When the Brussels-based manufacturer GSK announced the news that its malaria vaccine candidate was effective, it quickly became clear that the company’s sales would soar. It might have risen even higher had it not been just one of several drug firms, as well as non-profit health organizations, partnering with GSK. In addition to scientific expertise, the global research and testing-large pharmaceutical companies have huge cash reserves and the credit lines of banks to expedite approvals and satisfy eager governments. So thanks to some deeply collaborative partnerships—none of which was created specifically for malaria—the results, as well as the drug, are just about as optimistic as possible, considering how extraordinarily dangerous the disease is.
This collaboration among partners not only led to the news of a new drug for malaria, but to another for non-human primates. Scientists at the National Institute of Allergy and Infectious Diseases reported that they had discovered that by selectively targeting parts of a chimpanzee immune system called the interferon-gamma system, the vaccine was capable of enhancing a chimpanzee’s immune response. This finding further validates that such a vaccine can actually help control a disease.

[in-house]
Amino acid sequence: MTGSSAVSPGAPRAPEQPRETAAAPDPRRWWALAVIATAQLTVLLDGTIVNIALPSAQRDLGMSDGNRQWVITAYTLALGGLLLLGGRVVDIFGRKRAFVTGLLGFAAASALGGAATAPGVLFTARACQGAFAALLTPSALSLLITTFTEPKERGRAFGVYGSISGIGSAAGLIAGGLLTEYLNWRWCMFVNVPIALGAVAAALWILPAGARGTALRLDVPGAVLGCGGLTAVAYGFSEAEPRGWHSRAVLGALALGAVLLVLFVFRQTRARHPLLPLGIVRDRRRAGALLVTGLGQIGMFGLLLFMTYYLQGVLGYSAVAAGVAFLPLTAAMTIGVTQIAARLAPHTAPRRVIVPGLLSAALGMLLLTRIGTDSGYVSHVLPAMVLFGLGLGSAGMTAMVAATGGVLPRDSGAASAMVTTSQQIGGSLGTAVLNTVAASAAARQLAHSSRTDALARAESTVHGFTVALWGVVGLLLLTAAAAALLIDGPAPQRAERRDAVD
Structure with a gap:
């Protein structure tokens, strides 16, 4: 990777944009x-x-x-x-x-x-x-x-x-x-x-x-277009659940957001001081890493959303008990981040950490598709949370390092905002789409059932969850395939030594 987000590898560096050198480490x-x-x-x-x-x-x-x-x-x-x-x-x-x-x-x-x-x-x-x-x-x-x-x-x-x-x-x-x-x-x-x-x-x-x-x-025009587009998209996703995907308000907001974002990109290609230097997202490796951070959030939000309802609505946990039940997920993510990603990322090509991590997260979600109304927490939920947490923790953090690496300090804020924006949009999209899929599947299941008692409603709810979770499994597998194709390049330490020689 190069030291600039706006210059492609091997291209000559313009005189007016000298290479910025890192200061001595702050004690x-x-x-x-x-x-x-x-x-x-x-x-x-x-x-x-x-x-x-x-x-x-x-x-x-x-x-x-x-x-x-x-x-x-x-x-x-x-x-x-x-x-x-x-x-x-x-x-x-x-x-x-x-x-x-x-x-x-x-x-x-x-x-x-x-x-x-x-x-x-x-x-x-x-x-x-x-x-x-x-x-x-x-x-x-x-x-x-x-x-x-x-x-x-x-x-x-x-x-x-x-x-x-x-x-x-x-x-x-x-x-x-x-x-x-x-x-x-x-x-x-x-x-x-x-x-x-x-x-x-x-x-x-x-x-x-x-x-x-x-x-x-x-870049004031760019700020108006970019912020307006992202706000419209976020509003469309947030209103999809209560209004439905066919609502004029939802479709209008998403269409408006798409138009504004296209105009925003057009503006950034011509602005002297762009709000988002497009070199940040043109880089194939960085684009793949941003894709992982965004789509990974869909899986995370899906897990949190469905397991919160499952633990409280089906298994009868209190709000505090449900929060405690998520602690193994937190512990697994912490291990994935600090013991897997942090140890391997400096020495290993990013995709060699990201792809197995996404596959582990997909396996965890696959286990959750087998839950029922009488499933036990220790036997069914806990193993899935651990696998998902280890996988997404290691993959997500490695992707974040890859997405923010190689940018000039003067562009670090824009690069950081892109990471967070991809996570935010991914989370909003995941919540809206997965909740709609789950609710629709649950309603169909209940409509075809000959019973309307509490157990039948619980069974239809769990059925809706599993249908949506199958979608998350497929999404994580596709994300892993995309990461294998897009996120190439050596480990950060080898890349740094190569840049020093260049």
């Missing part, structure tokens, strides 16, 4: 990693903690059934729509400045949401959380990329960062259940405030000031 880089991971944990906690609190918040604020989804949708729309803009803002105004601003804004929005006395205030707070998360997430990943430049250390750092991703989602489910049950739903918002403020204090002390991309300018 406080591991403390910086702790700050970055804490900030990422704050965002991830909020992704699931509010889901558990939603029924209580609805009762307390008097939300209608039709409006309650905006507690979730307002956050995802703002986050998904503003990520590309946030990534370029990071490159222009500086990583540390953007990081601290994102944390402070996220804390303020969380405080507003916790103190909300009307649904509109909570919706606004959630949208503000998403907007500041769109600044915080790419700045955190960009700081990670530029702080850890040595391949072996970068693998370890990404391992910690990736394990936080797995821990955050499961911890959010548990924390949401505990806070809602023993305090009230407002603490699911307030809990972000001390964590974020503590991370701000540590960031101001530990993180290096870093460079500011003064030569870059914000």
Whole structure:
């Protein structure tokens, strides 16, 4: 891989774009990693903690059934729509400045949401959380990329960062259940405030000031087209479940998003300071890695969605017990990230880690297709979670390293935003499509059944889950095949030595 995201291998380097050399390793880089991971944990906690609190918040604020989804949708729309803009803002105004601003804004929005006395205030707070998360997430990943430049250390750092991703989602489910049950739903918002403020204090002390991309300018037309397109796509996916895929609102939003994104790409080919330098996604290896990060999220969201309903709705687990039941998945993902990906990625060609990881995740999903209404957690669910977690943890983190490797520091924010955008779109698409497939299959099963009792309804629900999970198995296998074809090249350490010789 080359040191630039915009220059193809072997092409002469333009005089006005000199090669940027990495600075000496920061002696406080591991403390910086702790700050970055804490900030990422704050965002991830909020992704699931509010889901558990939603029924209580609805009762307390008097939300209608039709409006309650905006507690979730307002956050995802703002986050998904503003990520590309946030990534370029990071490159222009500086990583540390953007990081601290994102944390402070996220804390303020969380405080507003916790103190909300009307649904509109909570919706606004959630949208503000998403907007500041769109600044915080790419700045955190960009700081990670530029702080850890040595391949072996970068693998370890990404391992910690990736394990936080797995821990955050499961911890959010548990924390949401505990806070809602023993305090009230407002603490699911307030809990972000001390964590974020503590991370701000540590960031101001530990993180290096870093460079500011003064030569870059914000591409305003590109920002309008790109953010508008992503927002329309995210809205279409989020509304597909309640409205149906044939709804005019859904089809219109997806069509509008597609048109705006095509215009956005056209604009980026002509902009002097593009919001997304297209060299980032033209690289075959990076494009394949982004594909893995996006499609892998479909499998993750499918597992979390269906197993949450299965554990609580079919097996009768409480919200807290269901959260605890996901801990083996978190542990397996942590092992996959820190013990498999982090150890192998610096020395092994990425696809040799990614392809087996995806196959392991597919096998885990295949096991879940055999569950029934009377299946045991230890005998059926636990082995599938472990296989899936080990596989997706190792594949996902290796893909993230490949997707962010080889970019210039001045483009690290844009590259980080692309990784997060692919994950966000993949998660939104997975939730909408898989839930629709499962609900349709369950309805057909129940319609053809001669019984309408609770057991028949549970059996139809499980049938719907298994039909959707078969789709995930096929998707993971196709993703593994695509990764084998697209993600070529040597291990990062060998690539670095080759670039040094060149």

If all goes well, there could be a similar vaccine by 2020 for humans, due to government grants already awarded to the partners. Until then, two decades after the first cure for smallpox arrived in the U.S., we are still far from any real cure for any infectious disease.